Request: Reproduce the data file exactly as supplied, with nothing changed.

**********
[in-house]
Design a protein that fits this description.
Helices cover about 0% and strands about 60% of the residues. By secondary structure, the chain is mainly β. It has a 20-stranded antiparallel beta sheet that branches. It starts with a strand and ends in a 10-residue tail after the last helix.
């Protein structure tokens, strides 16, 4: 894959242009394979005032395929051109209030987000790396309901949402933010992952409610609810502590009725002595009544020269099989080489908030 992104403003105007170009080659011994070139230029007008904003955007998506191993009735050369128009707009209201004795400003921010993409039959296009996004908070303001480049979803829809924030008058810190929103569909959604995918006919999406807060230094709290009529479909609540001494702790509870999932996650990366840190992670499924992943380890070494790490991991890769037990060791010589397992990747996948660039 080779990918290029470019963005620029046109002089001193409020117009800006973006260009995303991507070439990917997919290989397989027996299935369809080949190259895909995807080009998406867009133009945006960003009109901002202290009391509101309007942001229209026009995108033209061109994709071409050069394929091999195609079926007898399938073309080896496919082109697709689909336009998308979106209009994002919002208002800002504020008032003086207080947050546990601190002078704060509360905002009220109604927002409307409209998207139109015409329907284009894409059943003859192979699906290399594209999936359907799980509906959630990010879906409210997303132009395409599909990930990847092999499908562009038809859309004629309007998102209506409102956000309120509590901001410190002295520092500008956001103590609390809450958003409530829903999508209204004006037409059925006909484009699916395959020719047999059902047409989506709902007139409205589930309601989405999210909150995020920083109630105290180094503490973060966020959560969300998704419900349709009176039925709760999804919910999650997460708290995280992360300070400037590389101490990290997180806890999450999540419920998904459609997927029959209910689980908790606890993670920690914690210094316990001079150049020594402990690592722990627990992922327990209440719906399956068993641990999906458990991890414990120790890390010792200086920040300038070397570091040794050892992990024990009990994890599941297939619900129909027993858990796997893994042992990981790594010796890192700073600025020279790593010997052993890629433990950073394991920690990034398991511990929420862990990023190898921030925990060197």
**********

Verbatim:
[in-house]
Design a protein that fits this description.
Helices cover about 0% and strands about 60% of the residues. By secondary structure, the chain is mainly β. It has a 20-stranded antiparallel beta sheet that branches. It starts with a strand and ends in a 10-residue tail after the last helix.
């Protein structure tokens, strides 16, 4: 894959242009394979005032395929051109209030987000790396309901949402933010992952409610609810502590009725002595009544020269099989080489908030 992104403003105007170009080659011994070139230029007008904003955007998506191993009735050369128009707009209201004795400003921010993409039959296009996004908070303001480049979803829809924030008058810190929103569909959604995918006919999406807060230094709290009529479909609540001494702790509870999932996650990366840190992670499924992943380890070494790490991991890769037990060791010589397992990747996948660039 080779990918290029470019963005620029046109002089001193409020117009800006973006260009995303991507070439990917997919290989397989027996299935369809080949190259895909995807080009998406867009133009945006960003009109901002202290009391509101309007942001229209026009995108033209061109994709071409050069394929091999195609079926007898399938073309080896496919082109697709689909336009998308979106209009994002919002208002800002504020008032003086207080947050546990601190002078704060509360905002009220109604927002409307409209998207139109015409329907284009894409059943003859192979699906290399594209999936359907799980509906959630990010879906409210997303132009395409599909990930990847092999499908562009038809859309004629309007998102209506409102956000309120509590901001410190002295520092500008956001103590609390809450958003409530829903999508209204004006037409059925006909484009699916395959020719047999059902047409989506709902007139409205589930309601989405999210909150995020920083109630105290180094503490973060966020959560969300998704419900349709009176039925709760999804919910999650997460708290995280992360300070400037590389101490990290997180806890999450999540419920998904459609997927029959209910689980908790606890993670920690914690210094316990001079150049020594402990690592722990627990992922327990209440719906399956068993641990999906458990991890414990120790890390010792200086920040300038070397570091040794050892992990024990009990994890599941297939619900129909027993858990796997893994042992990981790594010796890192700073600025020279790593010997052993890629433990950073394991920690990034398991511990929420862990990023190898921030925990060197």